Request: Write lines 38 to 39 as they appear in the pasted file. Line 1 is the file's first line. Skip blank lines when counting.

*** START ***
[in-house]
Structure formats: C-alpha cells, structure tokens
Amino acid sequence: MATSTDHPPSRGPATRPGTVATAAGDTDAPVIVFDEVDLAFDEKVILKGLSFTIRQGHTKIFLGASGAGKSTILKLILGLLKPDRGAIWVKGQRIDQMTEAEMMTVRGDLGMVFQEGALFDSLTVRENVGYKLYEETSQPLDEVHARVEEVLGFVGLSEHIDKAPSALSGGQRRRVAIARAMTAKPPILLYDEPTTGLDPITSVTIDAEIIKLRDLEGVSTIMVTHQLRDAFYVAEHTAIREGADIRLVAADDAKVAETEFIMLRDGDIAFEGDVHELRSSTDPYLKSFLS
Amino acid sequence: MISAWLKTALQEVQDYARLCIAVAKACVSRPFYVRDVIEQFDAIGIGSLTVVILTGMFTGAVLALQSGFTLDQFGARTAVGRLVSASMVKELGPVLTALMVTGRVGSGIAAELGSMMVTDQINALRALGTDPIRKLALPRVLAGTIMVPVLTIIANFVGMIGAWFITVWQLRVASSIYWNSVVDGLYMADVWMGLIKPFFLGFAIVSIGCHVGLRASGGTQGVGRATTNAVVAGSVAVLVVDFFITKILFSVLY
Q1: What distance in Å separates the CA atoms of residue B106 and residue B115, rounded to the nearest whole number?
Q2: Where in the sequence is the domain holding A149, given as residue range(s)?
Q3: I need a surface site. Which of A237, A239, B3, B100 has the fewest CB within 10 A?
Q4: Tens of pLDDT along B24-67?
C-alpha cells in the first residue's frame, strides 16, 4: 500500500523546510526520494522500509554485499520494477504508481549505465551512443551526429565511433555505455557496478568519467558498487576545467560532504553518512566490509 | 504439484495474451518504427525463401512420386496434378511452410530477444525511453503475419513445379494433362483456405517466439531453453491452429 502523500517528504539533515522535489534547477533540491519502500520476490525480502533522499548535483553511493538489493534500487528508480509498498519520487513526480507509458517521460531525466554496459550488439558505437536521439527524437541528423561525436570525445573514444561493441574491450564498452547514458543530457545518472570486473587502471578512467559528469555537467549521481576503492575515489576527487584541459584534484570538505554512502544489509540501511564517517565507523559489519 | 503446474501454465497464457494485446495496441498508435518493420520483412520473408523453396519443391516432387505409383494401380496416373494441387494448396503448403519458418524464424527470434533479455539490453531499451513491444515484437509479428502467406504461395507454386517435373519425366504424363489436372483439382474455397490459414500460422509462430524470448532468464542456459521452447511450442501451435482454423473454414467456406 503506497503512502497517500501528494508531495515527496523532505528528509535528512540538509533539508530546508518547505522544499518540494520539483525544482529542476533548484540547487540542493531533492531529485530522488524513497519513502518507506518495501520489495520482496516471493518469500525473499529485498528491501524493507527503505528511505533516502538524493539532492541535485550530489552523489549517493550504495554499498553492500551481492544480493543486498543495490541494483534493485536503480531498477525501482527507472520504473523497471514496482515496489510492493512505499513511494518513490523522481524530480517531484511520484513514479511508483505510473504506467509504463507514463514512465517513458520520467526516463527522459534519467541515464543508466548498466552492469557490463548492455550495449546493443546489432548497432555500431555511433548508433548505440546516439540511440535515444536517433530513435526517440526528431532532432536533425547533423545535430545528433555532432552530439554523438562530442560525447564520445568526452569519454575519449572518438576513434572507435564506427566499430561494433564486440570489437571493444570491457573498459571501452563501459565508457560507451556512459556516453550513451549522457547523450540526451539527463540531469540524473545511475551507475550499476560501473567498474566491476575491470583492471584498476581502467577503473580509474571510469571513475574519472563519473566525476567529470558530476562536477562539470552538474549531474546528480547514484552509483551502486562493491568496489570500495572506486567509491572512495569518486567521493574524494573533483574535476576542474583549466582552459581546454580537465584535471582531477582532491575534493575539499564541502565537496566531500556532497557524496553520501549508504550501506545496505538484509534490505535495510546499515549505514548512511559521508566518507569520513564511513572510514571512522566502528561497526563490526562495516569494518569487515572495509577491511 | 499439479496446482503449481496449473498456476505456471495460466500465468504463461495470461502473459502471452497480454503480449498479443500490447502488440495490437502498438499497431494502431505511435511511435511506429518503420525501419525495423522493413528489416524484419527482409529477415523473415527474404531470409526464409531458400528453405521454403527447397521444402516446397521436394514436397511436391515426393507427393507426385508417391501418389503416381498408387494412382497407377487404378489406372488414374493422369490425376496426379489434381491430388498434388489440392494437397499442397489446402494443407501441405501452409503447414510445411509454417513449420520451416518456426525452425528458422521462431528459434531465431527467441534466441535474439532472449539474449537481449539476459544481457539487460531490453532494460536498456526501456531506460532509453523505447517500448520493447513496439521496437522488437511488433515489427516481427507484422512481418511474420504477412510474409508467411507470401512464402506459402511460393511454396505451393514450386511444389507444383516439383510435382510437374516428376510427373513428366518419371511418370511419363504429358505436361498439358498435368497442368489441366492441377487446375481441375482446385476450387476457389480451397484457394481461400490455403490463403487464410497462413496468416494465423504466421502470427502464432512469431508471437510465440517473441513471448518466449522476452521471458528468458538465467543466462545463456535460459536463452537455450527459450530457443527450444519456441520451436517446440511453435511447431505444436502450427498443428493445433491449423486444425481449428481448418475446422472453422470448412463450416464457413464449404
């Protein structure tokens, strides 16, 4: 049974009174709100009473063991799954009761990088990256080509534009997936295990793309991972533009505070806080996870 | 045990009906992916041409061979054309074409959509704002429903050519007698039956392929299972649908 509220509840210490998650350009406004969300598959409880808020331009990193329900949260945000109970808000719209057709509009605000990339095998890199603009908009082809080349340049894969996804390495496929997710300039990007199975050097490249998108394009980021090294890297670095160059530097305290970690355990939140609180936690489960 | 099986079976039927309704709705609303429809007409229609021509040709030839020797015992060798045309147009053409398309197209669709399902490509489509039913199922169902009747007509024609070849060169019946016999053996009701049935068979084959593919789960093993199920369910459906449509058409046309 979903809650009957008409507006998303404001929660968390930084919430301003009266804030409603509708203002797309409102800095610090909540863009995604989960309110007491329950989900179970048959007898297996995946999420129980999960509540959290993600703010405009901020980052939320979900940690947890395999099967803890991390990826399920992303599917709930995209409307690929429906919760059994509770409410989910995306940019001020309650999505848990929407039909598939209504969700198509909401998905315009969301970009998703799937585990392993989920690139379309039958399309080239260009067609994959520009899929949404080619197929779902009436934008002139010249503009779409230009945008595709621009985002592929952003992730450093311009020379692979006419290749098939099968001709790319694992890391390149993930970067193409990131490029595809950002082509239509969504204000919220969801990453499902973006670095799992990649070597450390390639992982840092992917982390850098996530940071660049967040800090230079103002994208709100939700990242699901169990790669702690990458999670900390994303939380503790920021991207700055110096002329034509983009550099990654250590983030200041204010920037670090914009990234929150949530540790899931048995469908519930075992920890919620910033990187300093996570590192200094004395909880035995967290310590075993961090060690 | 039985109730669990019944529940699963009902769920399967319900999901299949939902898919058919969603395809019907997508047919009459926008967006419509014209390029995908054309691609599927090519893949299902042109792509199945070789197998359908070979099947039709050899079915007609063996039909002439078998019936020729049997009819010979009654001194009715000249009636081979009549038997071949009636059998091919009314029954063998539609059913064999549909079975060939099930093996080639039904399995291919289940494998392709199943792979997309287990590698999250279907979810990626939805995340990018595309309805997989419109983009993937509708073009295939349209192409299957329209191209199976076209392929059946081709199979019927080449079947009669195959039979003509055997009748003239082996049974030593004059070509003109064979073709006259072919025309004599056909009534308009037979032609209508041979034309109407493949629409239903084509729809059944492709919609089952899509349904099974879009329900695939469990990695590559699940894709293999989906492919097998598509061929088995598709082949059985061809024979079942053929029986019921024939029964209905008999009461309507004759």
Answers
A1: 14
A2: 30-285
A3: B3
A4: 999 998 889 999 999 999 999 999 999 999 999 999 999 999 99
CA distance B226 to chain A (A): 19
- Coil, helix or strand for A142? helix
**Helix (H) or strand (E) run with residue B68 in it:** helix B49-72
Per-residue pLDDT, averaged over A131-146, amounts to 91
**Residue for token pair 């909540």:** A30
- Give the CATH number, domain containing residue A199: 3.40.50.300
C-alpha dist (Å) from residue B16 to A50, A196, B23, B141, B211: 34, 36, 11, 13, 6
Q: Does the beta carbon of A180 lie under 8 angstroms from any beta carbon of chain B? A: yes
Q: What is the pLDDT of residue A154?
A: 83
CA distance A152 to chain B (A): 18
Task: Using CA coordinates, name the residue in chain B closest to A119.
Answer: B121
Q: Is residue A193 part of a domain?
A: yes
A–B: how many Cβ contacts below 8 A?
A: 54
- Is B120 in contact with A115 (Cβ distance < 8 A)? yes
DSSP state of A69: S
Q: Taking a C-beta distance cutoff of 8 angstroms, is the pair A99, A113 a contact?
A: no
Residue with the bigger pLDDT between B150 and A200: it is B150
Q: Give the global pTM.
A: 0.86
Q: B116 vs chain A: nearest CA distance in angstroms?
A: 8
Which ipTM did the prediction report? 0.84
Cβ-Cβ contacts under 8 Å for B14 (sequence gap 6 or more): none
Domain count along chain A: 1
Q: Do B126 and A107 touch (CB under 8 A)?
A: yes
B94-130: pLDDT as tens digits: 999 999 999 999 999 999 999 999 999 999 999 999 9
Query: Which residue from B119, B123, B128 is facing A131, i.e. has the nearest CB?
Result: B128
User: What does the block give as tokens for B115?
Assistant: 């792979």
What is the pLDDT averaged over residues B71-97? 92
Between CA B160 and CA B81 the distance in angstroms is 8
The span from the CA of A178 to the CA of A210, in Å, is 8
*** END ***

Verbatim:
Q: Give the global pTM.
A: 0.86